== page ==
An Act of Parliament for the Basingstoke Canal was obtained in 1778, but construction did not begin until late 1788 owing to the financial crisis caused by the American War of Independence.

The Basingstoke Canal at Frimley, 1913 Photographic Survey and Record of Surrey no. 6562

The Basingstoke Canal at Frimley, 1913
Photographic Survey and Record of Surrey no. 6562

Work began on the canal at Woodham where the canal was to join the Wey Navigation and on the Greywell Tunnel which was 1,200 yards in length. The canal opened to Horsell in 1791, Pirbright in 1792 and Basingstoke in 1794. The completed canal was 37 miles long with 29 locks, 28 in Surrey and only 1 in Hampshire. It had 52 bridges.

Trade flucuations in the canal’s business was linked to contemporary events, such as the Napoleonic wars, competition from the waggon road trade from the 1820s, the establishment of the London to Southampton railway line in 1840, and building of the Aldershot army camp between 1854 and 1859.

Competition from road and rail transport were faced by the whole waterways system and the original canal company went into liquidation in 1866. From this time until 1923 the canal was owned by a series of speculative companies, who bought the canal in the hope of making a profit. Up to 1900, there was trade over the full length of the canal with cargoes of coal, corn, maize, flour, potatoes, and phosphates (soil fertilisers) from London to Basingstoke, and return traffic in timber, wheat, coal, and chalk (from Odiham). The last barge to reach Basingstoke was recorded in 1910 and the barge Basingstoke reached Basing Wharf in 1914.

During World War I canal traffic increased again with military cargoes from Woolwich to Aldershot. It is also said that soldiers were sent for training in boat handling on the canal so that they could make use of the extensive waterways systems of France and Belgium.

In 1923 the canal was purchased by Alexander John Harmsworth (1869-1947), bargeman and builder. Harmsworth ran a successful family haulage business with a fleet of over 20 barges and narrow boats. Traffic increased significantly on the canal under the ownership of Harmsworth, rising to over 31,500 tons in 1935, from 18,200 in 1923.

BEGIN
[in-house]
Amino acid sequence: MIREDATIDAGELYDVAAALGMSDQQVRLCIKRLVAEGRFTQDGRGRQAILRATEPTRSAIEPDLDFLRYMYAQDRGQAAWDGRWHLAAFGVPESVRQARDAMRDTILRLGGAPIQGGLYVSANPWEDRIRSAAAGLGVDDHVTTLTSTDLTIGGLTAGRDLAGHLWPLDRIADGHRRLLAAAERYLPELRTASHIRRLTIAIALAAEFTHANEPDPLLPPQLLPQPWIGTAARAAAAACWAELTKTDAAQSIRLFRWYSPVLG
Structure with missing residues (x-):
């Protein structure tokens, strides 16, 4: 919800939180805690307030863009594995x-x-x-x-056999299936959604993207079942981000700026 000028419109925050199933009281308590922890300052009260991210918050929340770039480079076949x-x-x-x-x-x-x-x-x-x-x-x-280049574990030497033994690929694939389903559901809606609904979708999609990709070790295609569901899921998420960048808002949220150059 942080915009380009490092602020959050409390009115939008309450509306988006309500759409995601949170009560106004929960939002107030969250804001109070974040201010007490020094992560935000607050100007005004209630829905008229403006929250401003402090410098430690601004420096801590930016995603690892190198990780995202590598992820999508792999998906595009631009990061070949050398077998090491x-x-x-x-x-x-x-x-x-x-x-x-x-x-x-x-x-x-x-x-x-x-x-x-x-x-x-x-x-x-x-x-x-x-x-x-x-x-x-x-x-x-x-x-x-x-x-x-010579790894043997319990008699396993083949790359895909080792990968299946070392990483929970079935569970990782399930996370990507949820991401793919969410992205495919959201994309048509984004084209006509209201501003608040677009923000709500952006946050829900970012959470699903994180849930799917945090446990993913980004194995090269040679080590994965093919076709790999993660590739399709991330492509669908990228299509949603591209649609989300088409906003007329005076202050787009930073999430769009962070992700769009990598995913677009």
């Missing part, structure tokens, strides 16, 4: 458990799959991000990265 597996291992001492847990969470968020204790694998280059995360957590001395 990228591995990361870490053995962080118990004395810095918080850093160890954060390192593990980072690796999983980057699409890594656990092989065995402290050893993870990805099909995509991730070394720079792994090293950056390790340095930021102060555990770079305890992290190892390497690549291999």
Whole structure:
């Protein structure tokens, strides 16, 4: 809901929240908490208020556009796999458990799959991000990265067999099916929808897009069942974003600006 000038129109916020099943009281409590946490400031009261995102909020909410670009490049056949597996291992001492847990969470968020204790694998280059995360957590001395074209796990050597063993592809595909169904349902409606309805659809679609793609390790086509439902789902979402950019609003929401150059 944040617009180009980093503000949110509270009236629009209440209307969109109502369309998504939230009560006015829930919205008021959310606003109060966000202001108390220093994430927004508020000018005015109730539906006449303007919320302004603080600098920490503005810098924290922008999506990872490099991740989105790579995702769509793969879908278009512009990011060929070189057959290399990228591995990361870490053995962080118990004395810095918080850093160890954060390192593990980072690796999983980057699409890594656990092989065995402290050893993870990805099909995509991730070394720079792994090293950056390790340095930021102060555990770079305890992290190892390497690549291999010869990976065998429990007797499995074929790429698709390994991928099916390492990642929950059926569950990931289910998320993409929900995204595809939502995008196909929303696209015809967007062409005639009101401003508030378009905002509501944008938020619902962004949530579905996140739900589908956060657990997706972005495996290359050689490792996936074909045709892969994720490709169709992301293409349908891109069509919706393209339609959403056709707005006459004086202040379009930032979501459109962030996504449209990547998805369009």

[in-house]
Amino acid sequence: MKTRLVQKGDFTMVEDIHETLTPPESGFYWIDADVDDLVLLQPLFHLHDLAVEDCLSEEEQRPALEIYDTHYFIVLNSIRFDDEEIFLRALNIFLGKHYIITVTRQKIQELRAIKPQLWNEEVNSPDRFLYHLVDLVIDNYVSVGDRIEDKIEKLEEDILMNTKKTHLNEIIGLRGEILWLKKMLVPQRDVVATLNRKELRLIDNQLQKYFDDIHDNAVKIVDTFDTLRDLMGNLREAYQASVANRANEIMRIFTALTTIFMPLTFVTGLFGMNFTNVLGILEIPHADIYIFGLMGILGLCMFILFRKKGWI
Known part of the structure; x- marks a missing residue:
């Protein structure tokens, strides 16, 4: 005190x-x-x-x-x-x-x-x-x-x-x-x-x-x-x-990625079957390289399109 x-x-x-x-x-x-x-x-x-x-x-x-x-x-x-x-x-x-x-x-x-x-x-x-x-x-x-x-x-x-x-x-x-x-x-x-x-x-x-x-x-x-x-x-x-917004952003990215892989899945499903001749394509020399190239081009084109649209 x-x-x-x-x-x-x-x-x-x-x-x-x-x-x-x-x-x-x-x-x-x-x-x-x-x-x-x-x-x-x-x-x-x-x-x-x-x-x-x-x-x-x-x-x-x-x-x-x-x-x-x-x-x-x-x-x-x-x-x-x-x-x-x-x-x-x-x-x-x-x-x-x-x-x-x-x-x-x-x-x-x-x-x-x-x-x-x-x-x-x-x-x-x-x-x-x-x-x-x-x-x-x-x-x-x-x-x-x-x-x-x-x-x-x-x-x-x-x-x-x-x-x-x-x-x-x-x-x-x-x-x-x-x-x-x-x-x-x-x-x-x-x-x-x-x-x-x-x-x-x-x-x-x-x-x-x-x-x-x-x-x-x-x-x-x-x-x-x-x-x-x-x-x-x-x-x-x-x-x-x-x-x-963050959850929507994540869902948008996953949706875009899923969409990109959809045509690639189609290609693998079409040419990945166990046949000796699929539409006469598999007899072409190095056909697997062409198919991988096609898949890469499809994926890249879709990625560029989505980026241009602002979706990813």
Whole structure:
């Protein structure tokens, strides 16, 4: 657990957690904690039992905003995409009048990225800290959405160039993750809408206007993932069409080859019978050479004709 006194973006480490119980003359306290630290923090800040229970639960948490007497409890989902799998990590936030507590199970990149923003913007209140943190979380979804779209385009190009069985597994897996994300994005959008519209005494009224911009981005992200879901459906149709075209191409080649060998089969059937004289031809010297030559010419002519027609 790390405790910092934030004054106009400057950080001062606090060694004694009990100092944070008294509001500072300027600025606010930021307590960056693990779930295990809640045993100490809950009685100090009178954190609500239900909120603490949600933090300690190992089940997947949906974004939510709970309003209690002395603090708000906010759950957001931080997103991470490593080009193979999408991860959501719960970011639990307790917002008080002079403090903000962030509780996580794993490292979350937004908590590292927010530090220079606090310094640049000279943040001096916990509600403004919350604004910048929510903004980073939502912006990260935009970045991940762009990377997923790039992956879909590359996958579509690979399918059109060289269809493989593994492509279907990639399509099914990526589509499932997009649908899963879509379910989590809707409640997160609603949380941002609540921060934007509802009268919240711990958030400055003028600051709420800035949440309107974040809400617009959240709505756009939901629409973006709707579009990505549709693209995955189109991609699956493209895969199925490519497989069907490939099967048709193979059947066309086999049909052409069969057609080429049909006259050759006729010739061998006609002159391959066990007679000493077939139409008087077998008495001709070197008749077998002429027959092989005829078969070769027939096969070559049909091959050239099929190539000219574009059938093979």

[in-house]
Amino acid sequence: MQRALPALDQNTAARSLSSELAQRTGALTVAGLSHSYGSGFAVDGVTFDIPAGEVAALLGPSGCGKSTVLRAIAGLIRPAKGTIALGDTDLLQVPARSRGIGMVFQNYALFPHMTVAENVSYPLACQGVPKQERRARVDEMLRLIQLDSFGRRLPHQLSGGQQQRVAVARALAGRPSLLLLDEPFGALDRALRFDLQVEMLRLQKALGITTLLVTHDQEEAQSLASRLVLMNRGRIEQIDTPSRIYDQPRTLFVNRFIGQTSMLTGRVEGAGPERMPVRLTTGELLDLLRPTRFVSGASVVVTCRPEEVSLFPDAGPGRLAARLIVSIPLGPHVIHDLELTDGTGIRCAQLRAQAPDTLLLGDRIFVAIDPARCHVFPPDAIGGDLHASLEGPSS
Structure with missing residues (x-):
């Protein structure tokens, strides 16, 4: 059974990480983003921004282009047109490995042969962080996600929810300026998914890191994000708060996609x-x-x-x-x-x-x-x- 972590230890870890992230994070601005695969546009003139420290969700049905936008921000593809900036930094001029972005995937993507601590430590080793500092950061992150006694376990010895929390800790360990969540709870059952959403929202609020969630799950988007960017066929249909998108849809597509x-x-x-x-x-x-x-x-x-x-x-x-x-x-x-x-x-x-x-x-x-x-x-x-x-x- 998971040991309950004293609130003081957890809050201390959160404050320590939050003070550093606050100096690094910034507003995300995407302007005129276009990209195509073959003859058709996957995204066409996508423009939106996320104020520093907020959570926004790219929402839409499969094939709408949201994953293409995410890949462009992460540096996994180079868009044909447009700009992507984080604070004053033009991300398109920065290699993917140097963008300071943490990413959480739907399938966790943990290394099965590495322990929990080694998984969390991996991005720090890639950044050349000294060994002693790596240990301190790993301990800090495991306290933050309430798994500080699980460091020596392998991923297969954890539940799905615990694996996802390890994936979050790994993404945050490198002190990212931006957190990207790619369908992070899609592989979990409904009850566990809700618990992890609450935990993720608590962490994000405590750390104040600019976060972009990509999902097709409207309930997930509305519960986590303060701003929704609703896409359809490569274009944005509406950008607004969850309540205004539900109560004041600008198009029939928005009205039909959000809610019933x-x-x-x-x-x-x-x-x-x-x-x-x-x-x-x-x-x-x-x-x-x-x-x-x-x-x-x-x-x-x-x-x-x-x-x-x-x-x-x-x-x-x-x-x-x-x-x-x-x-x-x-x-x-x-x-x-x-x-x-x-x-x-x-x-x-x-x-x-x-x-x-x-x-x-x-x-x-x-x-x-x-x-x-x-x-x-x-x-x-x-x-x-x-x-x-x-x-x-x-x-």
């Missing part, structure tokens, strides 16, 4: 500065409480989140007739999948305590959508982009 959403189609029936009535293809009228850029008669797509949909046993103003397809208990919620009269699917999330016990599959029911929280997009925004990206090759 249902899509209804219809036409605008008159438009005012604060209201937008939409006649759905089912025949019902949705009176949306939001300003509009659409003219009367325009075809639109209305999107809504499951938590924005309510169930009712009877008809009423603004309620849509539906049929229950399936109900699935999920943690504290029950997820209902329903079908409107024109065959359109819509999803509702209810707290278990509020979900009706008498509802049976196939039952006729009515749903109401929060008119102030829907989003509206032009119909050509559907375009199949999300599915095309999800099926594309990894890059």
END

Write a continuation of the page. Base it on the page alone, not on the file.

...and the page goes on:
Did you know?

In October 1788, John Pinkerton was appointed as the main contractor to build the Basingstoke Canal.

The company had difficulty obtaining sufficient quantities of coinage to pay their employees so Pinkertons overcame this problem by producing their own trade token, which could be changed locally, to pay their labourers.

The Basingstoke Canal Shilling depicts a spade and mattock in a wheelbarrow on one side, and a tree trunk in a sailing barge on the reverse. The coin was issued in 1789 and 1790.

When the railway was being built alongside the Basingstoke Canal the railway company was required to build a high wall in between to avoid the roar of the passing trains frightening the horses that were towing the boats.

Rebuilding a lock involves laying at least 40,000 bricks.

When the canal was put up for auction in 1949, one of the potential buyers wanted to make the canal into a motor cycle track.

The canal rises a height of 199 feet by its 29 locks to Ash Lock, a greater height than Nelson’s Column in London!

It would take about 34,990 people of average height to cover the entire length of the canal if you were to lay them head-to-toe.

One Response to Basingstoke Canal

  1. Graham wright says:

    The last barge to reach Basingstoke was recorded in 1910 and the barge Basingstoke reached Basing Wharf in 1914.

    The last vessel to reach Basingstoke was the narrowboat Basingstoke it was not a barge

Leave a Comment

Comments posted using the form below will be published on the website. It is therefore recommended that you do not include any personal details or contact information in the comment.

If you have a question and want to provide personal details we recommend you use the 'Contact Us' form instead.

Your email address will not be published but it may be used to contact you with a reply to your comment. Required fields are marked *

  • This week's Seeking Surrey Ancestors blog looks at the importance of sharing information in family history research…